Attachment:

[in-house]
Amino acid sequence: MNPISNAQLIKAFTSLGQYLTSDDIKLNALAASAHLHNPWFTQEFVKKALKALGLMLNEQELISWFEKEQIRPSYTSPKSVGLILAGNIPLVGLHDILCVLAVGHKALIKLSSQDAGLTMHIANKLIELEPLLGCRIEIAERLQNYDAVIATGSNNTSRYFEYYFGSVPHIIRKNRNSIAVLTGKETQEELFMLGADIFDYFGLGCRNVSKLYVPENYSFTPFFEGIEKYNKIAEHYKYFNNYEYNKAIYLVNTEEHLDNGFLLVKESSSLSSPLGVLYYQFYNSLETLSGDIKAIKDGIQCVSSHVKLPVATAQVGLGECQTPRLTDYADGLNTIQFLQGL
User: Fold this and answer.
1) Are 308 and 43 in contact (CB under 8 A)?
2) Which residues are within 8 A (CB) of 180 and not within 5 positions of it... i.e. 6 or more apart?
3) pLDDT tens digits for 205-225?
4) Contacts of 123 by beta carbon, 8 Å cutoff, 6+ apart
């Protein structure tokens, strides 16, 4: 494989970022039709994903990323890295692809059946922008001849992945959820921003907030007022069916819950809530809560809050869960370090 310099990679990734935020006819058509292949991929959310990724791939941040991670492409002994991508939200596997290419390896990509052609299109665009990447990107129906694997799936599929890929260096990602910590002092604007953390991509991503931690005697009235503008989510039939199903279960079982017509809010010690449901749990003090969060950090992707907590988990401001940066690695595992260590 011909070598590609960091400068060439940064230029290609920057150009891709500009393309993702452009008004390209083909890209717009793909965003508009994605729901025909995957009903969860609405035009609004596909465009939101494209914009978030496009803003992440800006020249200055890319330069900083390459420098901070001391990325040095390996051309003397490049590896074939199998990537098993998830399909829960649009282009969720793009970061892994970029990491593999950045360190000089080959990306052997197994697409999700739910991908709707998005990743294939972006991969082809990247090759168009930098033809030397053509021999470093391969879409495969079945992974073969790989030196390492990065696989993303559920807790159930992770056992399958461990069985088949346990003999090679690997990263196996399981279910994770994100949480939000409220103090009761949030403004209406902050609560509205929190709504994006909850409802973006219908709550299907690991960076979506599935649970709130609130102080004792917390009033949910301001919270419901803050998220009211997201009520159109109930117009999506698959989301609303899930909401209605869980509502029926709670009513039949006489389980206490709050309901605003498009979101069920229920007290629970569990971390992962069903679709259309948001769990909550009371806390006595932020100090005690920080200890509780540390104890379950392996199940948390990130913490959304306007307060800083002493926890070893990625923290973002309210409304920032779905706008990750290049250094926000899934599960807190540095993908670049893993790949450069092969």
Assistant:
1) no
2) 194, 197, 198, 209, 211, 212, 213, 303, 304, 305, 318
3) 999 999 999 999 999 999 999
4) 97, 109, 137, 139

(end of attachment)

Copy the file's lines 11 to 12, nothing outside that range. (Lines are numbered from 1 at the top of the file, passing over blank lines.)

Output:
2) 194, 197, 198, 209, 211, 212, 213, 303, 304, 305, 318
3) 999 999 999 999 999 999 999